Meet your worst critic–yourself. Consider this scenario, below:
Danielle worked hard to be noticed by an agent. It seemed that it was finally paying off as she sat in the lobby, waiting for her turn to audition. As she sat there, she looked around at all the other women. “Their clothes are a lot nicer than mine,” she thought to herself.
Not being able to do anything about her clothes at the moment, Danielle decided to read over the script once more, convinced that she’d forget every word as soon as she got in front of the agent. The thought of this brought sweat to her forehead. “Great, now I’ll be a sweaty mess, and my curls are going to drop. This meeting is going to be a disaster.”
A pretty woman walked out of the room and called Danielle’s name. “Here goes a train wreck,” Danielle thought to herself as she entered the room. It seemed like the agents stared a hole into her soul as Danielle repeated the script. When it was over, the said “thank you” in a monotone voice as she exited the room.
“I blew that audition. I don’t even know why I’m still pursuing this,” Danielle thought to herself as she entered the elevator. Tears ran down her face, and she didn’t even care because she figured they would blend in with her sweat.
You might not be an actor, but you can probably identify with self-critical feelings like those.
Introducing the Inner Critic
That story was depressing, but it’s a great way to illustrate how your inner critic can make your life miserable. Talking to yourself can be a good thing in some cases, and the private conversations in your head should always be inspiring. However, that’s not always the case. Sometimes that criticizing voice in your head can be a real bully.
You must silence that bully to be happy and love yourself. It’s not easy to do this, but with practice, it’s not impossible. In this article, you’ll learn a little about what an inner critic is as well as 15 ways to manage it.
Your inner critic is a voice in your head that scrutinizes even the tiniest anxieties. It’s a voice that can make you feel insecure and lower your self-confidence if you don’t learn how to tame it. Listening to it becomes addictive, and like all addictions, it can lead to self-destruction.
If you aren’t in control of that inner voice, it can seem that the voice is elusive. You’ll be so used to it that you don’t even realize when it’s speaking. However, this critical voice can become entangled deep into your sense of self – so deep that it’s almost a part of who you are.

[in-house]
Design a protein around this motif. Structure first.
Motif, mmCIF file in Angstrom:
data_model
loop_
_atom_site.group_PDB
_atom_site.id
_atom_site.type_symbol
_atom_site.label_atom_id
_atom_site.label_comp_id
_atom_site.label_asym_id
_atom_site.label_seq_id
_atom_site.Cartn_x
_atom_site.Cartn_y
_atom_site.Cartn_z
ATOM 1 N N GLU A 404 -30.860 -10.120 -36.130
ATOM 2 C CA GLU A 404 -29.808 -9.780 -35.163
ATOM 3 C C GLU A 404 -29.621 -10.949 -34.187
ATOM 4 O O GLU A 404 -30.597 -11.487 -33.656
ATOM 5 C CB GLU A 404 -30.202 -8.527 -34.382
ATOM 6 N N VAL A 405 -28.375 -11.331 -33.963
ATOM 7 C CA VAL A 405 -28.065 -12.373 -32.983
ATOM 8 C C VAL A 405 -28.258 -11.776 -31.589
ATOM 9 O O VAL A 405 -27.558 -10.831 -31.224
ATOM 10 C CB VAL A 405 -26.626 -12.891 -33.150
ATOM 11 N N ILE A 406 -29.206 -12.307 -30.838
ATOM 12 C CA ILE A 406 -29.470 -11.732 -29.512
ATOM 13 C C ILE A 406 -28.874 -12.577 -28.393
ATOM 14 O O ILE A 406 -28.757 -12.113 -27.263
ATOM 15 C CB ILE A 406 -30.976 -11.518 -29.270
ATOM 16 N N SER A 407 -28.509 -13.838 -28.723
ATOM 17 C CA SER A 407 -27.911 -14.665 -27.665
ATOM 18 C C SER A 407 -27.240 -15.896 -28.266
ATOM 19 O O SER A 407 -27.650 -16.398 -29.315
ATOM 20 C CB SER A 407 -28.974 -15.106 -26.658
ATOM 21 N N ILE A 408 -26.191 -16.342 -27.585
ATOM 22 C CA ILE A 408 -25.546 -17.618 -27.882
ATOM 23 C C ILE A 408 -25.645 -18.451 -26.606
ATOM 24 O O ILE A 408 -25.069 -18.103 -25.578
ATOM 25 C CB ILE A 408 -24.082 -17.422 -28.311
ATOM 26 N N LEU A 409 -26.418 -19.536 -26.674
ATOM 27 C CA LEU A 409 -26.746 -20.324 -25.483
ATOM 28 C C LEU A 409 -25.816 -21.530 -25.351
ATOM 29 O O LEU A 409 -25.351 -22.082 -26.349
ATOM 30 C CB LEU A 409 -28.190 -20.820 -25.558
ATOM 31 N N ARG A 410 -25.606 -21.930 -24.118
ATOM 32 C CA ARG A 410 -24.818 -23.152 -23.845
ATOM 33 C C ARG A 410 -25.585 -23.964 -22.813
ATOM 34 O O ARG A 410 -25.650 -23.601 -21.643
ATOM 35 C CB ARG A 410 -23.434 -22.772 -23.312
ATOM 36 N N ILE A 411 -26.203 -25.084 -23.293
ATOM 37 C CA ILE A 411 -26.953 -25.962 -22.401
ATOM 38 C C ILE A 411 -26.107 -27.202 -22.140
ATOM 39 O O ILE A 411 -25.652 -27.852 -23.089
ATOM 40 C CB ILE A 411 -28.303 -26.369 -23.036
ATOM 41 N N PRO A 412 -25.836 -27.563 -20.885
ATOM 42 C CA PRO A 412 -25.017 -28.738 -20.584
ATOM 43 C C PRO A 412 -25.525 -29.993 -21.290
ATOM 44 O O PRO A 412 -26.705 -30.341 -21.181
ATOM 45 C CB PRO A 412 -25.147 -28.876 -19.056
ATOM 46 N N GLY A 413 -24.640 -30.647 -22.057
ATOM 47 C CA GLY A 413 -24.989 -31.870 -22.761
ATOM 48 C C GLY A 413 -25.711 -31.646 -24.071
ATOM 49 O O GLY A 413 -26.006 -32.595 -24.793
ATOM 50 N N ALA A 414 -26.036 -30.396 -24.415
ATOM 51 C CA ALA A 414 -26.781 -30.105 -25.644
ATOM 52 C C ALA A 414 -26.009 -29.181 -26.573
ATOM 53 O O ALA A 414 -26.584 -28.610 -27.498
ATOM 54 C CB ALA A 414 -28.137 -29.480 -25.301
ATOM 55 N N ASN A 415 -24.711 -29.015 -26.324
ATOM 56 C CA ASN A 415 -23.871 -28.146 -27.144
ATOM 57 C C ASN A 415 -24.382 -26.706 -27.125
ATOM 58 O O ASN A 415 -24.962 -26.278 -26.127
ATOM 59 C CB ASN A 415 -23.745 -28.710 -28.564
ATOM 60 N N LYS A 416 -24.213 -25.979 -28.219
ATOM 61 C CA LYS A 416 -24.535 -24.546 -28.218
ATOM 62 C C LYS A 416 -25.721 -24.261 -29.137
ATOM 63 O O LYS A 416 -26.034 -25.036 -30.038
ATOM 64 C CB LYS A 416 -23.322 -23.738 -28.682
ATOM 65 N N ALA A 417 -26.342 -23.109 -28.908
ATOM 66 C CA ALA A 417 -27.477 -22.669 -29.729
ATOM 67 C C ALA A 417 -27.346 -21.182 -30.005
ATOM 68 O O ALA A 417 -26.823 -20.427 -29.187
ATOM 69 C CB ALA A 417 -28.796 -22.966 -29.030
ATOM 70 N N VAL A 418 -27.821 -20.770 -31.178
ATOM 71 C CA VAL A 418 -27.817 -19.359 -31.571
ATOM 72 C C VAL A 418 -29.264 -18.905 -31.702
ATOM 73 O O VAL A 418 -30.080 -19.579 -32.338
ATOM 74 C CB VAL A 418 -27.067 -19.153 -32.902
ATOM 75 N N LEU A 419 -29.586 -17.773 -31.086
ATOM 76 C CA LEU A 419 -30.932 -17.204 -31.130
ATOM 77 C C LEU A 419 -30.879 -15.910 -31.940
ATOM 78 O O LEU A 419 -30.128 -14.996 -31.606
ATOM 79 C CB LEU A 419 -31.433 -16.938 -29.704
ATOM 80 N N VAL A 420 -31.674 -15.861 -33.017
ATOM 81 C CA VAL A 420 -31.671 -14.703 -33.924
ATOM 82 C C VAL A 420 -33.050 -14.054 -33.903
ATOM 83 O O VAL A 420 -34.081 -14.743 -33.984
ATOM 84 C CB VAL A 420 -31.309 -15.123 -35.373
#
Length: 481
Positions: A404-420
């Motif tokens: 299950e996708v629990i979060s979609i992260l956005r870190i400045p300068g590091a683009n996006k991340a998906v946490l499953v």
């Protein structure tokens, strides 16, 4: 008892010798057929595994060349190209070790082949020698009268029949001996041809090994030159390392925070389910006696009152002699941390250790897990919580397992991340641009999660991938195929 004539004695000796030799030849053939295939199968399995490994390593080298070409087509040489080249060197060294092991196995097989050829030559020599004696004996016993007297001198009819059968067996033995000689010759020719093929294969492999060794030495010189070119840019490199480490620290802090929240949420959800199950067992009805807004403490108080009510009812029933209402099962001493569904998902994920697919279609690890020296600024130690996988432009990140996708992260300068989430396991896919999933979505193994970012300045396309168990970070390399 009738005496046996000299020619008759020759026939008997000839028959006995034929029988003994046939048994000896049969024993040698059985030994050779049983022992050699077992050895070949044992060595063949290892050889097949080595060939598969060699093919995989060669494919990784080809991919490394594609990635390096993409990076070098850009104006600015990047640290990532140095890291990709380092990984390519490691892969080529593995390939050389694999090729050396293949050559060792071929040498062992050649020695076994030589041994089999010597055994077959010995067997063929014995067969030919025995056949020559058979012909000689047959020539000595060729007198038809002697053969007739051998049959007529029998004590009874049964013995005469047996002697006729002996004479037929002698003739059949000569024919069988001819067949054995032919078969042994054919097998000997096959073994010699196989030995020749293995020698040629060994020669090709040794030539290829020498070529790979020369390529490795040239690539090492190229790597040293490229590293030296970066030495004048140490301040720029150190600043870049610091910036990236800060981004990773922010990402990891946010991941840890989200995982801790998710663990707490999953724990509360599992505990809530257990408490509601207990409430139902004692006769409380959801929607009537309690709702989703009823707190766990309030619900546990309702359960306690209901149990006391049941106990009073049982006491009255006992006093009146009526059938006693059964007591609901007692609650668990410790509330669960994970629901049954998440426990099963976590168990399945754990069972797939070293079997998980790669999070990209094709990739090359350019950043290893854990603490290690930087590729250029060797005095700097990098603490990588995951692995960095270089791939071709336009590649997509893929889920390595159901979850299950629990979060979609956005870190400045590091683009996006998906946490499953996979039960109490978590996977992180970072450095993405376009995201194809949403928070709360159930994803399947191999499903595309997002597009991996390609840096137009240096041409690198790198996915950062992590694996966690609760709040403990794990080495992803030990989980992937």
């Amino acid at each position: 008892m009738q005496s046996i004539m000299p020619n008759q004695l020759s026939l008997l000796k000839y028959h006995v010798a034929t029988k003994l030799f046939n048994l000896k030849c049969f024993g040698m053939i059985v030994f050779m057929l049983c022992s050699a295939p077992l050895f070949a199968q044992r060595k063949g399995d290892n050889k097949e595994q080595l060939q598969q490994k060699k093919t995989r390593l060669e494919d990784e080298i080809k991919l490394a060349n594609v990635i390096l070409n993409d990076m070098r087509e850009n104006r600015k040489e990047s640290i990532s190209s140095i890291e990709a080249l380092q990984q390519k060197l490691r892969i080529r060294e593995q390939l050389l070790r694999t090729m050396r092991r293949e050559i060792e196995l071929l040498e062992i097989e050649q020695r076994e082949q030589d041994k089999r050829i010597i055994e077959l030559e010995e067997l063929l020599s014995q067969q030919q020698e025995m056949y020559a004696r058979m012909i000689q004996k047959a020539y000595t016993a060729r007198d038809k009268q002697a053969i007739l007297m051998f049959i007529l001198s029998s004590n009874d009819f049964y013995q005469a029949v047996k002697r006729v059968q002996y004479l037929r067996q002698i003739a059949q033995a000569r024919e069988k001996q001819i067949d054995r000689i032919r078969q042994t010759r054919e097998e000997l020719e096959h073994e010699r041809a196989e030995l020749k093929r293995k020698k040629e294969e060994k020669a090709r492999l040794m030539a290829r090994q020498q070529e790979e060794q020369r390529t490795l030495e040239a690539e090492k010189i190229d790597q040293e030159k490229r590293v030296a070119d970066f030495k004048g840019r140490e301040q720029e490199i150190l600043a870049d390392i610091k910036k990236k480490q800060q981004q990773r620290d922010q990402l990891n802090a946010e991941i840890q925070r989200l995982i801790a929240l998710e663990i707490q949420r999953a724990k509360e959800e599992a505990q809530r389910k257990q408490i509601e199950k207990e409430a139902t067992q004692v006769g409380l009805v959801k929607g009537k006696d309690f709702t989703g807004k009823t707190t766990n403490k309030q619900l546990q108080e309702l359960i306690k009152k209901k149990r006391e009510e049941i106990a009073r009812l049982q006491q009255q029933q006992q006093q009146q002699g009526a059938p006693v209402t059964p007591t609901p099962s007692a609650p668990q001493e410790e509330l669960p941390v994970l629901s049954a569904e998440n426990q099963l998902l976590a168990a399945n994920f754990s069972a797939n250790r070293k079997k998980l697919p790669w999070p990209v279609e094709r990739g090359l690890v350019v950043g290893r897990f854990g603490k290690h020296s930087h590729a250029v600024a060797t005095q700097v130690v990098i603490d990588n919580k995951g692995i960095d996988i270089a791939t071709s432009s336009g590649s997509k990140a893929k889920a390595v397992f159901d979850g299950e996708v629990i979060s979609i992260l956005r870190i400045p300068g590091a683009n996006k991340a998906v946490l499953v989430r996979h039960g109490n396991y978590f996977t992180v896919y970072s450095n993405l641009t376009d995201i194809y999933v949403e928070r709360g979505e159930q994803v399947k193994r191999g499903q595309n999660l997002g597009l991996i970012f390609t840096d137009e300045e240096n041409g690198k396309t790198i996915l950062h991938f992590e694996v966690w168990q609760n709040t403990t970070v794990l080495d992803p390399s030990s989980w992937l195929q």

Everyone has that judgmental voice. Some people are better at managing it than others. The good news is that you can get better at managing it. Using the 15 tips below, you can take control of your self-criticizing inner voice, silence it, and love yourself again.
Silence Your Inner Critic with These 15 Tips
1. Detach from your inner critic.
The first thing you need to do is realize that the voice in your head is not you. You could even give it a name to establish it as a separate entity. This way, when it shows up, you can say, “go away, Fred,” or whatever name you decide to use. Doing this is the first step to taking power away from Fred.
2. Post affirmations and read them often.
It’s no secret that reading or saying positive affirmations help to inspire and motivate you. This tip is especially true if you use affirmations designed explicitly for anxiety. Affirmations can boost self-love, inspire positive thinking, and push self-criticism to the back burner. Just make sure your assertions are rooted in reality, so you aren’t disappointing yourself.
3. Be aware of your thoughts.
As mentioned earlier, you could be so used to self-criticism that you don’t even realize it’s there. You may have accepted it as a way of life. To take control of Fred, you’ll need to be aware of when he rear’s his ugly head. Start paying attention to the thoughts that come across your mind so you can begin to stamp away from the negative criticism.
4. Let go of past situations.
Sometimes that awkward self-criticism can be sourced by situations or even people from your past. Someone said to you as a child could have cut you so profoundly that it remains with you through adulthood. It doesn’t matter what happened in the past or what someone said about you in the past. You determine who you are and what your life is.